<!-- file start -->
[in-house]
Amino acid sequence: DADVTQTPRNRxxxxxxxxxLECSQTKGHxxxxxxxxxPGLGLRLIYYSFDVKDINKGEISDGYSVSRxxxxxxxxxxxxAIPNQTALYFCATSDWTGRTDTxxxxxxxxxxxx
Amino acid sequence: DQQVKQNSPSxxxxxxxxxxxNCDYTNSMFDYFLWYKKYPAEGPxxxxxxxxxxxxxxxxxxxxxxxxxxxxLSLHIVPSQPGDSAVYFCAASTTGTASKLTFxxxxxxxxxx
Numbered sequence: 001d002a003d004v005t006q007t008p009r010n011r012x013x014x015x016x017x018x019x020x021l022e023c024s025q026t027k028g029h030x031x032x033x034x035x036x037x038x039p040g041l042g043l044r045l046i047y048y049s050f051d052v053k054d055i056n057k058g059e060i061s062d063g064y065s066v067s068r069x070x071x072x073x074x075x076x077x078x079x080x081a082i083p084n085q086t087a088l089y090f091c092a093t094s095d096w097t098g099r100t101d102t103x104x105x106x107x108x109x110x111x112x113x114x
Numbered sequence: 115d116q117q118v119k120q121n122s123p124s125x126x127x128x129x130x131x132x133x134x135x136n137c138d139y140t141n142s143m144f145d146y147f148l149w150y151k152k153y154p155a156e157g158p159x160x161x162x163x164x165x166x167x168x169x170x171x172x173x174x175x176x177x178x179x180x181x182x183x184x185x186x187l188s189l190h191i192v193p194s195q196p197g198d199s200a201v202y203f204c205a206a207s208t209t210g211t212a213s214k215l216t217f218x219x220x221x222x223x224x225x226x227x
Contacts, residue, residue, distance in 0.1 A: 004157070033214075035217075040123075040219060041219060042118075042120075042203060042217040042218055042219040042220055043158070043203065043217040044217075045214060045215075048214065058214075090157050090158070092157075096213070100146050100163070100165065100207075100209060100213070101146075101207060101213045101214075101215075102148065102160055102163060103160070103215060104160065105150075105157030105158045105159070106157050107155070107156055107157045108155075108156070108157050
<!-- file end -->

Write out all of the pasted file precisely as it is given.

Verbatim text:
[in-house]
Amino acid sequence: DADVTQTPRNRxxxxxxxxxLECSQTKGHxxxxxxxxxPGLGLRLIYYSFDVKDINKGEISDGYSVSRxxxxxxxxxxxxAIPNQTALYFCATSDWTGRTDTxxxxxxxxxxxx
Amino acid sequence: DQQVKQNSPSxxxxxxxxxxxNCDYTNSMFDYFLWYKKYPAEGPxxxxxxxxxxxxxxxxxxxxxxxxxxxxLSLHIVPSQPGDSAVYFCAASTTGTASKLTFxxxxxxxxxx
Numbered sequence: 001d002a003d004v005t006q007t008p009r010n011r012x013x014x015x016x017x018x019x020x021l022e023c024s025q026t027k028g029h030x031x032x033x034x035x036x037x038x039p040g041l042g043l044r045l046i047y048y049s050f051d052v053k054d055i056n057k058g059e060i061s062d063g064y065s066v067s068r069x070x071x072x073x074x075x076x077x078x079x080x081a082i083p084n085q086t087a088l089y090f091c092a093t094s095d096w097t098g099r100t101d102t103x104x105x106x107x108x109x110x111x112x113x114x
Numbered sequence: 115d116q117q118v119k120q121n122s123p124s125x126x127x128x129x130x131x132x133x134x135x136n137c138d139y140t141n142s143m144f145d146y147f148l149w150y151k152k153y154p155a156e157g158p159x160x161x162x163x164x165x166x167x168x169x170x171x172x173x174x175x176x177x178x179x180x181x182x183x184x185x186x187l188s189l190h191i192v193p194s195q196p197g198d199s200a201v202y203f204c205a206a207s208t209t210g211t212a213s214k215l216t217f218x219x220x221x222x223x224x225x226x227x
Contacts, residue, residue, distance in 0.1 A: 004157070033214075035217075040123075040219060041219060042118075042120075042203060042217040042218055042219040042220055043158070043203065043217040044217075045214060045215075048214065058214075090157050090158070092157075096213070100146050100163070100165065100207075100209060100213070101146075101207060101213045101214075101215075102148065102160055102163060103160070103215060104160065105150075105157030105158045105159070106157050107155070107156055107157045108155075108156070108157050